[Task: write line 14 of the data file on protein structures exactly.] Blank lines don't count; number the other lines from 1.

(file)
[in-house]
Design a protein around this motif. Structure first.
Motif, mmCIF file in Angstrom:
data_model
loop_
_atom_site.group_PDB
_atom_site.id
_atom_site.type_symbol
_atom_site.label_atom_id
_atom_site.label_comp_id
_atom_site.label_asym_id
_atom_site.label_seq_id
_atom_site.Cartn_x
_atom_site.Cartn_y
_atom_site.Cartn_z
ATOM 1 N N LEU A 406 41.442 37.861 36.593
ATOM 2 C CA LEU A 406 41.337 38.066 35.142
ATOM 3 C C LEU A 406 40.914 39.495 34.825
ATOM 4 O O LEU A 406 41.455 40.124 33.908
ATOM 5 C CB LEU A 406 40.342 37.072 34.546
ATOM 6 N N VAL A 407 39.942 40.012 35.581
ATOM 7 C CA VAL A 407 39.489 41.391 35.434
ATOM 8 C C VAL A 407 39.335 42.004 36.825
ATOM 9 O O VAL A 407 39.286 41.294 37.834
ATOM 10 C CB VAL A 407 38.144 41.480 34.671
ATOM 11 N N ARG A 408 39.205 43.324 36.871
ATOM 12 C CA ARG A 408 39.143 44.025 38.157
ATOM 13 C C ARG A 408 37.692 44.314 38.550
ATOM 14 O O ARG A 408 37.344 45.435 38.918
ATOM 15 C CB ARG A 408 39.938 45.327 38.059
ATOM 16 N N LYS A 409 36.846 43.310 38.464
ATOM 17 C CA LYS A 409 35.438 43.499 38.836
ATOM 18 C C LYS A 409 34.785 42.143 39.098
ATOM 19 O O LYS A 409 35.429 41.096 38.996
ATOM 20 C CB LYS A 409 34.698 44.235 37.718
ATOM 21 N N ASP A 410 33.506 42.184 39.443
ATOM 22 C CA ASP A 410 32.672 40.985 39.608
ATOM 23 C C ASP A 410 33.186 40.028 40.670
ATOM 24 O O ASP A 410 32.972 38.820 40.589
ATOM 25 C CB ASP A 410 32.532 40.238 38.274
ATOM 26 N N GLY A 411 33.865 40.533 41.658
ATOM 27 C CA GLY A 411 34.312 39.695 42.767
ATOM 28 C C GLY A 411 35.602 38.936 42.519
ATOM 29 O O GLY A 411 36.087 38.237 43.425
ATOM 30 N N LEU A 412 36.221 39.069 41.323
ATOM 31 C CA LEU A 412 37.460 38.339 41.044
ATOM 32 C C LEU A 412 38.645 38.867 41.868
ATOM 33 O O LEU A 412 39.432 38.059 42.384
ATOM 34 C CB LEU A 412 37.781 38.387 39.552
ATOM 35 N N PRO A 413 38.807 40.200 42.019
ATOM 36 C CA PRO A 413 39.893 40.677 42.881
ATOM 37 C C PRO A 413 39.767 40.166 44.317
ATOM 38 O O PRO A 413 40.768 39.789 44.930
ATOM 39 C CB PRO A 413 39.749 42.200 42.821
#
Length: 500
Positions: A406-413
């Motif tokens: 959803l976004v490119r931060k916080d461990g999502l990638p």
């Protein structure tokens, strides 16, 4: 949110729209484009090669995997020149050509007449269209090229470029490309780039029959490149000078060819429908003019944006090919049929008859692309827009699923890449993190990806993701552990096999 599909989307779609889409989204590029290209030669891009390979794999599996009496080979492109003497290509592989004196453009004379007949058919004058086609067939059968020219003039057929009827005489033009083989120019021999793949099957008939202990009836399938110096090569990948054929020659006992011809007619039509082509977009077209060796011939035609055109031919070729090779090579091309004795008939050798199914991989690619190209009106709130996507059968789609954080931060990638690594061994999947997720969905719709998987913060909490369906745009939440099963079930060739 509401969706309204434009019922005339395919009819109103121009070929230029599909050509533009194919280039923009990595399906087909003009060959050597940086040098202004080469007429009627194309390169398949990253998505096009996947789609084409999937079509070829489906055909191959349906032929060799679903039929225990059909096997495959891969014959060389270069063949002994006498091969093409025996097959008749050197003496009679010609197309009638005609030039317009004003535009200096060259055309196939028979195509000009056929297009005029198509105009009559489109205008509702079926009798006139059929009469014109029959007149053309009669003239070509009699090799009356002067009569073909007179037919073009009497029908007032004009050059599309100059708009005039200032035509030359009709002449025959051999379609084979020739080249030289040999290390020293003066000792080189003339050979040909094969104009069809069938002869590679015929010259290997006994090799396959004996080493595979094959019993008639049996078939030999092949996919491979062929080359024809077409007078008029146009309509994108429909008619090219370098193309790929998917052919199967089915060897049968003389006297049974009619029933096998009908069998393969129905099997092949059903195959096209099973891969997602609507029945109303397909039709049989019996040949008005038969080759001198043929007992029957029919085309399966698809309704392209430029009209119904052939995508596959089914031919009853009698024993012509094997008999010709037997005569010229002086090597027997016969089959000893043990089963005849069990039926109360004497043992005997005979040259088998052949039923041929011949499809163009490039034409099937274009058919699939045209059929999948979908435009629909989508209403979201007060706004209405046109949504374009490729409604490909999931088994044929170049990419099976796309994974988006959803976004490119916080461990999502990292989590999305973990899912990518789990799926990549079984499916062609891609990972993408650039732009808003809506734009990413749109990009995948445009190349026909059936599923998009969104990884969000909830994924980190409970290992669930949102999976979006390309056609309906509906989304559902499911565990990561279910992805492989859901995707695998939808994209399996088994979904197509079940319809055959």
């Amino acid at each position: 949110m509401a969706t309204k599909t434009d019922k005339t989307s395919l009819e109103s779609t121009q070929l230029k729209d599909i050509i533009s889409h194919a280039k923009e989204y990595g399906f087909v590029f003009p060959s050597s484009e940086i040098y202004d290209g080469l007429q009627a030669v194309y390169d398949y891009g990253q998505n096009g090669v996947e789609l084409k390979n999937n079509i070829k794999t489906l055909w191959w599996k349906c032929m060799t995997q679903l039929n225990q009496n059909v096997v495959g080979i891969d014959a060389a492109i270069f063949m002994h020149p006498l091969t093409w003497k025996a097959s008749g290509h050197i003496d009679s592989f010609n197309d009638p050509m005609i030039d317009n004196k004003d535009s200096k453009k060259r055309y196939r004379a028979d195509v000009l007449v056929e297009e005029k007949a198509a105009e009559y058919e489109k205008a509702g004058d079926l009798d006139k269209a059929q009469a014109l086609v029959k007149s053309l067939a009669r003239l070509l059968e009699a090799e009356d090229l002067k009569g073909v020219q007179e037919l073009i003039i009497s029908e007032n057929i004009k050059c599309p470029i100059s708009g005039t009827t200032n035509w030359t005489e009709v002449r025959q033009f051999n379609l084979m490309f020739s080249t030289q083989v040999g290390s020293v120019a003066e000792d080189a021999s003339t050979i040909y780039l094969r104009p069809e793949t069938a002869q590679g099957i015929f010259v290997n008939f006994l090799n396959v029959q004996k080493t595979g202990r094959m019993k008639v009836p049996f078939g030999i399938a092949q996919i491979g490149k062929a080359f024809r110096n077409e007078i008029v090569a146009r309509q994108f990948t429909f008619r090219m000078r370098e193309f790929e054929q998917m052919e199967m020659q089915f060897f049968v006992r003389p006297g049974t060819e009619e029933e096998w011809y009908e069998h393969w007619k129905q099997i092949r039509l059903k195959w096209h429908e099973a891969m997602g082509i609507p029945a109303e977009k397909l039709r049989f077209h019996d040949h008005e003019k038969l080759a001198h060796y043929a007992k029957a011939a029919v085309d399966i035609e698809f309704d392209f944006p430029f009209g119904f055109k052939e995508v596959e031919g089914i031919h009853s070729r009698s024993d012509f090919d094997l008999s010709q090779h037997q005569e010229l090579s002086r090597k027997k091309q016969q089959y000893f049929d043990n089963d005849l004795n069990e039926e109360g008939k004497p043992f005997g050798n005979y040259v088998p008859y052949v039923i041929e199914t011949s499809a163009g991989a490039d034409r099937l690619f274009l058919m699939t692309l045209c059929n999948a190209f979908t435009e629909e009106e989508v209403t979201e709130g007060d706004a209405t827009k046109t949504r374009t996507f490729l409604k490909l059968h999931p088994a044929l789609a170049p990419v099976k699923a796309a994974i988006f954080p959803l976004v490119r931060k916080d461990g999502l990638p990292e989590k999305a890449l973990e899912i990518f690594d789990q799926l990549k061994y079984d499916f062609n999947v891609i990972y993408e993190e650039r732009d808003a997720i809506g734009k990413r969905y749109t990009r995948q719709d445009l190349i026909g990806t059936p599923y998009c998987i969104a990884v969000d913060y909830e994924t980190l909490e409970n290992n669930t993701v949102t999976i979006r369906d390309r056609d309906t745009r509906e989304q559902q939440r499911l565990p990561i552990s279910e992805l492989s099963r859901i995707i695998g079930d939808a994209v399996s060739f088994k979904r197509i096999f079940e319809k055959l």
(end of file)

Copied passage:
_atom_site.Cartn_y